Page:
The NHL's top power-play unit during the regular season sputtered along hopelessly through 60 minutes of regulation, but finally clicked when it mattered most — in overtime.
Alex Kovalev scored the overtime winner to give the hometown Montreal Canadiens a 3-2 win over the Boston Bruins Saturday night in Game 2 of their Eastern Conference quarter-final.
Montreal went 0-for-6 with the man advantage and squandered a 2-0 lead by giving up two goals in the third period, but Kovalev bailed out the Habs when he drove a bullet of a shot past Boston goalie Tim Thomas at 2:30 of the extra frame.
It was Montreal's first power-play goal in 13 opportunities in the series.
The best-of-seven quarter-final now shifts to Boston for Game 3 on Sunday (CBC, CBCSports.ca, 7 p.m. ET) with Montreal sitting on a 2-0 lead.
"It was a tight game where whoever got the bounce would win," said Kovalev. "We expected them to come out better and they did.
"We have to be more patient and not open up too much. And most of all, stay out of the penalty box."
Rookie goalie Carey Price, outstanding through the first two periods but somewhat shaky in the third, made 39 saves to earn the win.
Price said the key was getting refocused for overtime after a stressful third period.
"We knew we couldn't panic and we couldn't let ourselves get stressed and running around. Fortunately we got a power play and we buried it," Price told Hockey Night in Canada.
Montreal has now won all 10 meetings with Boston this season and 13 in a row overall.
"We feel we deserve better," said coach Claude Julien. "Aside from the penalties, we battled hard and our penalty killing was outstanding.
"We gave ourselves a chance and that's something we can build on."
The Bruins, thoroughly outplayed in Game 1, were buzzing right from the opening faceoff Saturday, and swarmed the Canadiens' net on an early power-play opportunity, only to be thwarted by Price.
Boston was skating stride for stride with Montreal and appeared to be growing in confidence. But Canadiens defenceman Roman Hamrlik, celebrating his 34th birthday, stunted the Bruins' momentum when he blasted a shot by Thomas late in the period on a goal the Boston netminder should have stopped.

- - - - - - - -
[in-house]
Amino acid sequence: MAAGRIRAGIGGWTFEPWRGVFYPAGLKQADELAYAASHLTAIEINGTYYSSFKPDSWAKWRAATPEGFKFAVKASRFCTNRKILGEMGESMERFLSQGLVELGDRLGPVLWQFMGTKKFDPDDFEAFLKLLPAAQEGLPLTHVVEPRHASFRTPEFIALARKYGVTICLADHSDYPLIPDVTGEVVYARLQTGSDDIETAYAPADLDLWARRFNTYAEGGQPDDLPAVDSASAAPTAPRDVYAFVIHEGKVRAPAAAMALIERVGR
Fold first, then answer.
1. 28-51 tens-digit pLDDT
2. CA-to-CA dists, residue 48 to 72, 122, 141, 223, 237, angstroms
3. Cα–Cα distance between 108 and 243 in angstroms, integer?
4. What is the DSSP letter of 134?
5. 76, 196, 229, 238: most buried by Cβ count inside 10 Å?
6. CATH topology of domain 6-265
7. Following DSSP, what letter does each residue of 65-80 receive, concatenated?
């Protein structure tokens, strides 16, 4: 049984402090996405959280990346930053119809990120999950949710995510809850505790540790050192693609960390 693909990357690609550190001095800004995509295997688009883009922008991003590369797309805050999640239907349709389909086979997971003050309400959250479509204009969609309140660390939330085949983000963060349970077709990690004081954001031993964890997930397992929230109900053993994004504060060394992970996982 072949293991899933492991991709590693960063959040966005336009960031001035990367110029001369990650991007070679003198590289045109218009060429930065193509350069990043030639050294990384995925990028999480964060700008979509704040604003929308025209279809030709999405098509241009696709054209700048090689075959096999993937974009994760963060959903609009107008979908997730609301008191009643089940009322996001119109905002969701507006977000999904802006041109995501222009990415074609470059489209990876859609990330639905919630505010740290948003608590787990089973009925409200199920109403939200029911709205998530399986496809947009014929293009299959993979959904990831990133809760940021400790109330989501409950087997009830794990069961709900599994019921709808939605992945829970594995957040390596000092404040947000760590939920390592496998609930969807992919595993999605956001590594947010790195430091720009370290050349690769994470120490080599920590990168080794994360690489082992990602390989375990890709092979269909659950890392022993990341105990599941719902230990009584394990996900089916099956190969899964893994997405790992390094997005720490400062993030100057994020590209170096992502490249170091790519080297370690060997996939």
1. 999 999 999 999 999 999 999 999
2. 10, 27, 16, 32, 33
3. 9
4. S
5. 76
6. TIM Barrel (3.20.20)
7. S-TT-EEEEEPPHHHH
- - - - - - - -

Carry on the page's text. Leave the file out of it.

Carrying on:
Montreal padded its advantage early in the second period.
Kovalev amazingly kept possession of the puck for a good 20 seconds, fighting off several Bruins in the process, as he skated inside the Boston blue-line, before the puck landed on the stick of Sergei Kostitsyn who skillfully slotted it past Thomas.
Andrei Kostitsyn nearly made it 3-0 late in the frame, only to be denied by Thomas on a breakaway.
Boston's persistence paid off when they notched a goal early in the third. Price uncharacteristically gave up a big rebound off a weak shot from the point and Peter Schaefer drove to the net and banged the puck home.
The goal gave the Bruins new life and took the vocal Montreal crowd out of the game, and after Kovalev failed to score on a short-handed breakaway and picked up a slashing penalty, Boston tied the contest while enjoying a two-man advantage.
Boston moved the puck around quickly inside the Canadiens' blue-line and Price overplayed a Marc Savard pass from the point to Marco Sturm, allowing the Bruins defenceman to slip the puck across the crease to a wide open David Krejci, who scored into an empty net.
"It gets frustrating taking slashes and cross-checks," said Kovalev. "It was a selfish penalty, but I was able to get it back."
Montreal fought back and came within an inch of securing a win when Patrice Brisebois's slapshot from the top of the circle rang off the post with one one-hundredth of a second left in regulation.
"We didn't really talk much about what happened (in the third period). We just knew we had to come out and play our game. We got running around a bit in the third and we settled down and got the win," Price said.
The Bruins fell into penalty trouble early in the extra frame, but were bailed out by Thomas who made a great pad save to deny Kovalev from in close.
Boston didn't do itself any favours when winger Jeremy Reich was called for a tripping penalty, and the Habs made the Bruins pay for their lack of discipline when Kovalev's wicked blast found the back of the net.
Forward Phil Kessel was a healthy scratch for Boston, while defenceman Dennis Wideman did not dress after receiving a lower-body injury in Game 1.